Harman Writer-In-Residence, Spring 2012
photo by Nina Subin
Laurie Sheck is the author of five books of poems, including Captivity, Black Series, and The Willow Grove, which was a finalist for the Pulitzer Prize. Her most recent book is the hybrid work A Monster’s Notes, described by the Washington Post as “a remarkable creation…a baroque opera of grief, laced through with lines of haunting beauty and profundity.” It was chosen by Entertainment Weekly as one of 2009’s 10 best books of fiction and nominated for the 2011 International Dublin IMPAC Literary Award.
Sheck has been a Guggenheim fellow and the recipient of fellowships from the National Endowment for the Arts, the New York State Council for the Arts, and the Ingram Merrill Foundation. In 2004–2005 she was a fellow at the Radcliffe Institute for Advanced Study at Harvard, and, in 2006–2007, at the Cullman Center for Scholars and Writers at the New York Public Library. She has taught at Princeton, Columbia, and in the MFA program at the New School. Her work has appeared in such publications as the New Yorker, Paris Review, Poetry, the New York Times, and A Public Space. Sheck lives in New York City.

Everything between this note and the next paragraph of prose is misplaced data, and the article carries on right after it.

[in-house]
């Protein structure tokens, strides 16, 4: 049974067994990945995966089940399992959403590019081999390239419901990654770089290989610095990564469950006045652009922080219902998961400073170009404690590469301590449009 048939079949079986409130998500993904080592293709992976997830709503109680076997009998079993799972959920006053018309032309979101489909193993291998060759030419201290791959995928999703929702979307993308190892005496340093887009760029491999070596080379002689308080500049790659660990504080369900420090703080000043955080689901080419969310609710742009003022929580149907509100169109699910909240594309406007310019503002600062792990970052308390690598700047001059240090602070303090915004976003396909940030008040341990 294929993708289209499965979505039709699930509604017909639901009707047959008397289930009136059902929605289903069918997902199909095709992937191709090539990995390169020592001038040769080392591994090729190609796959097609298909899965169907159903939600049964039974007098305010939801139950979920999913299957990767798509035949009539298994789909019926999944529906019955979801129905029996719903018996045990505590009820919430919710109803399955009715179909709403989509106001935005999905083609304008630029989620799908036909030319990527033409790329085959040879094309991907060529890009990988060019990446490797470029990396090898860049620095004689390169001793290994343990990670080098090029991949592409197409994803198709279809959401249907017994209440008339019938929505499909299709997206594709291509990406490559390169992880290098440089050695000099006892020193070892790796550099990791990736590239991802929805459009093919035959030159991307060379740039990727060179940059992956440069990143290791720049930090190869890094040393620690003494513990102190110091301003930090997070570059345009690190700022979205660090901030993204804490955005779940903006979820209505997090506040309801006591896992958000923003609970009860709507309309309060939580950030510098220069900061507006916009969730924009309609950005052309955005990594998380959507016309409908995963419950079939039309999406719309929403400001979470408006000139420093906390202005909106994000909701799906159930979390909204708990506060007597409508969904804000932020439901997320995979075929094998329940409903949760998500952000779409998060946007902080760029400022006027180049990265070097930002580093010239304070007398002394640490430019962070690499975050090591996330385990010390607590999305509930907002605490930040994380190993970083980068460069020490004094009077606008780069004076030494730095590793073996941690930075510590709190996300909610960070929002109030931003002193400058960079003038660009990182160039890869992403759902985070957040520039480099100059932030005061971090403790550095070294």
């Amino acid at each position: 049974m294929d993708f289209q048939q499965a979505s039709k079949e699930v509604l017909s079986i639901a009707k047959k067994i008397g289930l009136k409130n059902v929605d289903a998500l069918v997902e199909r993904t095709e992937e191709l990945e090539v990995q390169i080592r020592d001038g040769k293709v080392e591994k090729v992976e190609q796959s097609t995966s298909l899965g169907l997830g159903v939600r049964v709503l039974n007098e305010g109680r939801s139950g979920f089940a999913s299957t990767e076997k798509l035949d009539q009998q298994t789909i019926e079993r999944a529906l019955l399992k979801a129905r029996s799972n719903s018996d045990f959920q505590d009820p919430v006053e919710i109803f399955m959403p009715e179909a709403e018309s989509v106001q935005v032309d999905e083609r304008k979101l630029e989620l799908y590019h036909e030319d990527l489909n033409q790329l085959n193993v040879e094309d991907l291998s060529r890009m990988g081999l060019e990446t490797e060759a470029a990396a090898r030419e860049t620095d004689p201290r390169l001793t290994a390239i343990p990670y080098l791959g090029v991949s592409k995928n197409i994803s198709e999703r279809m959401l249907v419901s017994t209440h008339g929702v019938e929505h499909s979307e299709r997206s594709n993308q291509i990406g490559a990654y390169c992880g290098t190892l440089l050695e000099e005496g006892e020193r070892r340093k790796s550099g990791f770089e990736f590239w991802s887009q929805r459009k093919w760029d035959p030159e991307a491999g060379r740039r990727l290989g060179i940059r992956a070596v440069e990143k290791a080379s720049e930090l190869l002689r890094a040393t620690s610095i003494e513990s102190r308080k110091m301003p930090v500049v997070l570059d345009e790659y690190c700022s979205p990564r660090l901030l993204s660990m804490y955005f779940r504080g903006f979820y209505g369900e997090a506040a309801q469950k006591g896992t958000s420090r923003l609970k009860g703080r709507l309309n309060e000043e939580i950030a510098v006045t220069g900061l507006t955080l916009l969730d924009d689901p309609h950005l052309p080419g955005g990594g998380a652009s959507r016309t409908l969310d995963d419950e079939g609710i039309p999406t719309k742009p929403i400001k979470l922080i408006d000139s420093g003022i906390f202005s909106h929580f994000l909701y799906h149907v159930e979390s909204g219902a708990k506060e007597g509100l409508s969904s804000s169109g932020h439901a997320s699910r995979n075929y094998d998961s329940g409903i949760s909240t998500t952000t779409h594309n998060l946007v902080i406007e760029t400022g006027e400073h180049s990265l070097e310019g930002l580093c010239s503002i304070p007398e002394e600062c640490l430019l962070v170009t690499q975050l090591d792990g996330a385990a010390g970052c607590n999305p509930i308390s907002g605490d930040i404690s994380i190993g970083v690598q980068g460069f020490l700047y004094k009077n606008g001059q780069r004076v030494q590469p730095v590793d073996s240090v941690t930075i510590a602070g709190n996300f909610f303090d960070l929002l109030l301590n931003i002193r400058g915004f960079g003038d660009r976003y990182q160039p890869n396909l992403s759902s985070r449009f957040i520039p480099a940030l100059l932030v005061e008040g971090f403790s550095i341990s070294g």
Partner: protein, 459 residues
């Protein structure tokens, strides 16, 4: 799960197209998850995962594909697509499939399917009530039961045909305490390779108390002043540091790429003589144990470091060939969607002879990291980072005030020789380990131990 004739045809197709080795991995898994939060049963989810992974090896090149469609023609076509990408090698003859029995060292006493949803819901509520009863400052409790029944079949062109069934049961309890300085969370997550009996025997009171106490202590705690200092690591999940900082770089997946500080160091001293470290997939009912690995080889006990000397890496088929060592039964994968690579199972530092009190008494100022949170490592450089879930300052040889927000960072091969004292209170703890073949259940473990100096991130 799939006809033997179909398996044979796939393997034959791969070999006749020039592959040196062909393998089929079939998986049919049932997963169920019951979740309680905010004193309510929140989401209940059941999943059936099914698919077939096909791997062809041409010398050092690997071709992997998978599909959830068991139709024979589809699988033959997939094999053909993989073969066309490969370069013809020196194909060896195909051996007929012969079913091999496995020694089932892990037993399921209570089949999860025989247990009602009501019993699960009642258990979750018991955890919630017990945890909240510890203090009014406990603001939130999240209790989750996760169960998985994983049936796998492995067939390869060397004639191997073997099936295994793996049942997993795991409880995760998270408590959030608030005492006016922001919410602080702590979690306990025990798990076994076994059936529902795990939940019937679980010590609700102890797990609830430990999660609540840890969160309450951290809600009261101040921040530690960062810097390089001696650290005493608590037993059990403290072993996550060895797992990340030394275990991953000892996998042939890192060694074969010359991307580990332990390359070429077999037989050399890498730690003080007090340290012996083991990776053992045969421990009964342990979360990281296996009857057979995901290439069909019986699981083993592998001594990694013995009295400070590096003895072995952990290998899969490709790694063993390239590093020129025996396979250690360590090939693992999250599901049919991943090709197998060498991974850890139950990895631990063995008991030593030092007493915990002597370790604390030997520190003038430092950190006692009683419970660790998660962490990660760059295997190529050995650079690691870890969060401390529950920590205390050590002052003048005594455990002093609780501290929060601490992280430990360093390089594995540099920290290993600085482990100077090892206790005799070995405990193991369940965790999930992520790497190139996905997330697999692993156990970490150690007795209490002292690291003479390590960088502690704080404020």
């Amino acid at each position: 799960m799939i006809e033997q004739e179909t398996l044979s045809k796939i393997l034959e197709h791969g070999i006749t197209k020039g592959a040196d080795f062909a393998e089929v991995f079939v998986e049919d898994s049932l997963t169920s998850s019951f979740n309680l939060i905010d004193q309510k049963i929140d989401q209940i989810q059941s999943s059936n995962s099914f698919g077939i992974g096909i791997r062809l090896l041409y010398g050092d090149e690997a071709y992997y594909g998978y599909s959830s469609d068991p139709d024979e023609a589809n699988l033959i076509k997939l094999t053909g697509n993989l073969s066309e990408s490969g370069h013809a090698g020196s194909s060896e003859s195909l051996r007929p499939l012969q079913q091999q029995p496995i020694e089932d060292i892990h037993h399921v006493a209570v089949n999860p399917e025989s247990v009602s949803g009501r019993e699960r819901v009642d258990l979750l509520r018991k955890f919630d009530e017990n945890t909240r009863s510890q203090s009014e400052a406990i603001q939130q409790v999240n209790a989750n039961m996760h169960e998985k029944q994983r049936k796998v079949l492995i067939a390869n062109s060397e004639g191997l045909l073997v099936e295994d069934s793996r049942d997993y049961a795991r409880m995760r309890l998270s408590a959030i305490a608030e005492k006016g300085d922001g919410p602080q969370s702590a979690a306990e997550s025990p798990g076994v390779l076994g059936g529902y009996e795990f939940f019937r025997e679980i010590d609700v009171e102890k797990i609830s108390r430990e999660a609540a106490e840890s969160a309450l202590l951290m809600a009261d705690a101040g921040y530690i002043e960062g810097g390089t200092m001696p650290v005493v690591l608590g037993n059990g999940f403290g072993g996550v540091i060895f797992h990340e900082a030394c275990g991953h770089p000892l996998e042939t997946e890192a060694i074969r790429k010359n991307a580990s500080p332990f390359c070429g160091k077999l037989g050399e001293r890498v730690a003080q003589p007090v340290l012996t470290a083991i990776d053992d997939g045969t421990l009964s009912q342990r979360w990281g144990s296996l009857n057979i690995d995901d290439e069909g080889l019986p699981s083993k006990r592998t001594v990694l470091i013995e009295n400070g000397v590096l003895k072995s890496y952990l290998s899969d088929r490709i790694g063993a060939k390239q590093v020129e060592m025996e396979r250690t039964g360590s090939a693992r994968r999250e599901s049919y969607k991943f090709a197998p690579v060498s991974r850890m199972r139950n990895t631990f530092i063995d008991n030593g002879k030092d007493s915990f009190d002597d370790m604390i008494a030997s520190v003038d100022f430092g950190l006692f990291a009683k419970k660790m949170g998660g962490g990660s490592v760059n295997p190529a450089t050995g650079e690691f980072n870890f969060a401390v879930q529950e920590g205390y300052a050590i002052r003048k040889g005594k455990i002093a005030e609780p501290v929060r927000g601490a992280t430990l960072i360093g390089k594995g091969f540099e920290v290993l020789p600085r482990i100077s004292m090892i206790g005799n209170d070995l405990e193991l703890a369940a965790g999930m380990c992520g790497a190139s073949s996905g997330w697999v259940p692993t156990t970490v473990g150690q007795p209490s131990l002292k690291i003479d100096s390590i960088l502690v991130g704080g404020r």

In the following excerpt from Laurie Sheck’s re-imagining of Frankenstein, Mary Shelley recalls, to her stepsister Claire, first encountering the “monster” as a child of eight as she sat beside her mother’s grave:
He stepped out of the bushes, partly shielding his face with his hand. He seemed a hurt presence. A presence somehow ashamed. I asked his name. “I don’t have one,” he said. That seemed to me an extraordinary thing. I couldn’t decide if it was wonderful or horrible, to have no name like that, yet to be a creature of language, a creature using words. Why had no one named him? And un-named like that, did he know an aloneness worse than my own?
—From A Monster’s Notes